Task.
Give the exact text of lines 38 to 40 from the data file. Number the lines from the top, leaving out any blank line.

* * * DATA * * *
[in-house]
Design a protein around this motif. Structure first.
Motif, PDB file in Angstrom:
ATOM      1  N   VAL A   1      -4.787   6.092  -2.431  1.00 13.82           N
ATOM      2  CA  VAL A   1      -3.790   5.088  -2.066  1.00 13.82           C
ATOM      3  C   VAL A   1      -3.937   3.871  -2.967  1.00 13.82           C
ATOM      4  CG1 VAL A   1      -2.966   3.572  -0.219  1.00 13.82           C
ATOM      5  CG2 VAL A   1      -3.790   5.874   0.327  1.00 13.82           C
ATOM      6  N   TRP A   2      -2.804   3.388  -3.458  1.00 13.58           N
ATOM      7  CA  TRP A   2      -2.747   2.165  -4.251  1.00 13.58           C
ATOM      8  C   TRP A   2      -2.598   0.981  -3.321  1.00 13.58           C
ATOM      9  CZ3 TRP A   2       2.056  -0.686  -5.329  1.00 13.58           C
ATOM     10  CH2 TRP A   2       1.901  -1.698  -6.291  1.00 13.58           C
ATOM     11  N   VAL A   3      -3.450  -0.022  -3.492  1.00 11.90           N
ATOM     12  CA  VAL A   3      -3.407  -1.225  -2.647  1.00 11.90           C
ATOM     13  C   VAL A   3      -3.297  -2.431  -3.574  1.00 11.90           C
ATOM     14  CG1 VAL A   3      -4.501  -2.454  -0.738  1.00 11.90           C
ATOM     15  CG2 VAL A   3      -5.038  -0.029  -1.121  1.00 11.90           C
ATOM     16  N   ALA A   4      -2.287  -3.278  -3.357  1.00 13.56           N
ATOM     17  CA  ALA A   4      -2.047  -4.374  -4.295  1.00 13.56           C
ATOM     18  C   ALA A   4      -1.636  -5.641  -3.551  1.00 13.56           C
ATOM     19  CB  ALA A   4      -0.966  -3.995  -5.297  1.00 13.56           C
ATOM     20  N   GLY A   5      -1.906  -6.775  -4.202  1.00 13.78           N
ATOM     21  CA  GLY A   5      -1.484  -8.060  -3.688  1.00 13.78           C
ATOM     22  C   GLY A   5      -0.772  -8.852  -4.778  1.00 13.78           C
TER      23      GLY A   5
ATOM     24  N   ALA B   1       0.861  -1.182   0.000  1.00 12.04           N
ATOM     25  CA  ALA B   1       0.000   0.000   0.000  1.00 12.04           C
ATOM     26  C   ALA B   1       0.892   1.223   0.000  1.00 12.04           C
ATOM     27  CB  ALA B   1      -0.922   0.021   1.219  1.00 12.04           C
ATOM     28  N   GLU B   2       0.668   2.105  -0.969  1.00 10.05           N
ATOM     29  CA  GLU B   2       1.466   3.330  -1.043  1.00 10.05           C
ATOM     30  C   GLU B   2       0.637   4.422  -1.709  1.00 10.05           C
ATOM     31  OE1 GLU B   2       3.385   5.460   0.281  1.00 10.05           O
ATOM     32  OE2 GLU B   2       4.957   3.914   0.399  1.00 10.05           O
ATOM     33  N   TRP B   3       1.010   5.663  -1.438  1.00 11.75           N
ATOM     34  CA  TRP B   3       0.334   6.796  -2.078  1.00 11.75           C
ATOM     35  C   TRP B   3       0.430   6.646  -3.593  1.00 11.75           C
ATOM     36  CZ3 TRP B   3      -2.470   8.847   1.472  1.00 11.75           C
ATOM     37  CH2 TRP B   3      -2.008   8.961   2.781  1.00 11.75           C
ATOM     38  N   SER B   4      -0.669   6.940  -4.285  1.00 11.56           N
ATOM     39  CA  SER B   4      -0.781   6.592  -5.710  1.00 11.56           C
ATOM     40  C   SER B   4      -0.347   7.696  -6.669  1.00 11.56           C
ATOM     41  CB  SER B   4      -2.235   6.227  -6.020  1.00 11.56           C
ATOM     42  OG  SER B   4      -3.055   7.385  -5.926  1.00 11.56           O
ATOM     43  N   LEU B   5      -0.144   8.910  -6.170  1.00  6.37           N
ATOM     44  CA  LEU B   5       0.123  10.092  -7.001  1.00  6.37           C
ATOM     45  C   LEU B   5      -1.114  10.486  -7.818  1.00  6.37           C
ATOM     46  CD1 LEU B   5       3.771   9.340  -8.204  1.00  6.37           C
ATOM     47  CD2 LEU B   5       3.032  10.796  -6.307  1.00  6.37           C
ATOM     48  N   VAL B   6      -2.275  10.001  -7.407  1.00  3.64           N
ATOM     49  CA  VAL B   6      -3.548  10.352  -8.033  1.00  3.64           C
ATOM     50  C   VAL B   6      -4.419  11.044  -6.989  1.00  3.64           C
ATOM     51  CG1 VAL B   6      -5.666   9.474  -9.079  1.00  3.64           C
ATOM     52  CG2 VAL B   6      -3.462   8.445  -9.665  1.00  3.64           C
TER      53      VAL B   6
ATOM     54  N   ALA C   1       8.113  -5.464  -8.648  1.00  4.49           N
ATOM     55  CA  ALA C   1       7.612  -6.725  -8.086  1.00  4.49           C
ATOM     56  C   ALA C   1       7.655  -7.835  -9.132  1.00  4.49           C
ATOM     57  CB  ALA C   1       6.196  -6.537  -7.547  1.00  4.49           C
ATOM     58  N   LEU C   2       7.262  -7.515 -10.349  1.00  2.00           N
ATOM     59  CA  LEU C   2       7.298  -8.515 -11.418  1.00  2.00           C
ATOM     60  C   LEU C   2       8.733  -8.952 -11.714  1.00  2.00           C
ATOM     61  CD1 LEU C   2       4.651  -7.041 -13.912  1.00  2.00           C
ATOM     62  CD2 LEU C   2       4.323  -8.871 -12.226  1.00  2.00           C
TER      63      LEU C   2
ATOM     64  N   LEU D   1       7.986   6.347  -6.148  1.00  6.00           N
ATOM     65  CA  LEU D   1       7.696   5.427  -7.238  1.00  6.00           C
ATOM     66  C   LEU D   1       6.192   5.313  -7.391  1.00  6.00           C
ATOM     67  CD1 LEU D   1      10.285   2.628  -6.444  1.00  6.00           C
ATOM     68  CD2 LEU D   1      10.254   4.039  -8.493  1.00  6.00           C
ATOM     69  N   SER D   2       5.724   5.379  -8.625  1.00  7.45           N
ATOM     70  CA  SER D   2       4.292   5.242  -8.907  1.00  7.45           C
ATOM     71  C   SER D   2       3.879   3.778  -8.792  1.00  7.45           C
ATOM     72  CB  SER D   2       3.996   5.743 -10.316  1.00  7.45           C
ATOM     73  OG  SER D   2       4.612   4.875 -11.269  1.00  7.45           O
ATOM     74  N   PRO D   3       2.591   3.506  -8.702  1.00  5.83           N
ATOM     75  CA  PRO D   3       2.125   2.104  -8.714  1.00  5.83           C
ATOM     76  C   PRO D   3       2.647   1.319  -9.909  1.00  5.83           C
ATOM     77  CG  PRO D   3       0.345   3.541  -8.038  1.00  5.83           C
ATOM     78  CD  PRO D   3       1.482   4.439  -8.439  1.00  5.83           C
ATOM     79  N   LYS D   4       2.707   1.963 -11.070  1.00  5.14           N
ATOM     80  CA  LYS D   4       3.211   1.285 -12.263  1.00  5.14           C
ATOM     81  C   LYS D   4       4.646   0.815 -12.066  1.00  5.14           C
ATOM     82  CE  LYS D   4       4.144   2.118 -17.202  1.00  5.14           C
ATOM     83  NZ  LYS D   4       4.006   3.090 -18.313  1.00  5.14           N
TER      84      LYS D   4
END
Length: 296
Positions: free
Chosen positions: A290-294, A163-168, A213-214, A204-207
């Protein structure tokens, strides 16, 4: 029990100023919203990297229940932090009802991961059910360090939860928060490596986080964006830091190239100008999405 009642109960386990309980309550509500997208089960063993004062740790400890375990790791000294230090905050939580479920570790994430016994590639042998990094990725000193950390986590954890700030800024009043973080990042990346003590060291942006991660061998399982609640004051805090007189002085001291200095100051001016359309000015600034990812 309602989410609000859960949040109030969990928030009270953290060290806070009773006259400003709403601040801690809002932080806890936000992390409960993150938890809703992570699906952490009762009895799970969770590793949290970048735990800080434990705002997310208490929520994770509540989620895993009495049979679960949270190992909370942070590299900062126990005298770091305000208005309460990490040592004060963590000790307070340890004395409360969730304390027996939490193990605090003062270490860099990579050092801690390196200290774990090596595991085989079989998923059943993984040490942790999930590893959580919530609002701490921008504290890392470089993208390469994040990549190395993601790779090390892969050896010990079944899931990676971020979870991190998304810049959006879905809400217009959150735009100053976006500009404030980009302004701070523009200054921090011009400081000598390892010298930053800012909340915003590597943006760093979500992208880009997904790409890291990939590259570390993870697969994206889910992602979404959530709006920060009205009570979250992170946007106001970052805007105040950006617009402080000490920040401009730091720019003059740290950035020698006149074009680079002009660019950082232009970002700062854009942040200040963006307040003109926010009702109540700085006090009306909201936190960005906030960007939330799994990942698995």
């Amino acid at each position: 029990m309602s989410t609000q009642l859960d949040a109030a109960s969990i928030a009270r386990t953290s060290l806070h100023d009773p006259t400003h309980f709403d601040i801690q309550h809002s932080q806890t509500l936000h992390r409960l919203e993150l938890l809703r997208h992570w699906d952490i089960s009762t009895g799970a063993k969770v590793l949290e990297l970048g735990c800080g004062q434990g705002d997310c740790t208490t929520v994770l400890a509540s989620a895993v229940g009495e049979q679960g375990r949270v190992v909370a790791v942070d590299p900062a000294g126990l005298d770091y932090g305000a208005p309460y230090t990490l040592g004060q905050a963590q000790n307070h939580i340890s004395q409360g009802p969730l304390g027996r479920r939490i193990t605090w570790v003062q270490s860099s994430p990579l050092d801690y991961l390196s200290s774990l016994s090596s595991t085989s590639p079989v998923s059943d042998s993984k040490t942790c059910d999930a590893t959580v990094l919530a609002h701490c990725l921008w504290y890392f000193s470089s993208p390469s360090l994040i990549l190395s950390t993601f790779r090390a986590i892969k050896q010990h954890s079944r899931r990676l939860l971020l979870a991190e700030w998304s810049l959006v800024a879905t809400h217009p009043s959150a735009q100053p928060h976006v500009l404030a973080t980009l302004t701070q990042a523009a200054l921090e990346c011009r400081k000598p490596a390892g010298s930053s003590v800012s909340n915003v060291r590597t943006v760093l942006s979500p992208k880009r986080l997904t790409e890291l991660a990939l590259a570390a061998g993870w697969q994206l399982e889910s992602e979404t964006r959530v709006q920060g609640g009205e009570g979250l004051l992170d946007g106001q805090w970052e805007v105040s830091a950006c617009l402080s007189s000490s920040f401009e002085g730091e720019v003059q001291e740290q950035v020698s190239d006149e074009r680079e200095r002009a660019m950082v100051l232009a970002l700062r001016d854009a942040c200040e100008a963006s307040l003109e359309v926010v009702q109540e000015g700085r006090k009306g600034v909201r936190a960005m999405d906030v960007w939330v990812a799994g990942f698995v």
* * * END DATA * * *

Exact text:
ATOM     35  C   TRP B   3       0.430   6.646  -3.593  1.00 11.75           C
ATOM     36  CZ3 TRP B   3      -2.470   8.847   1.472  1.00 11.75           C
ATOM     37  CH2 TRP B   3      -2.008   8.961   2.781  1.00 11.75           C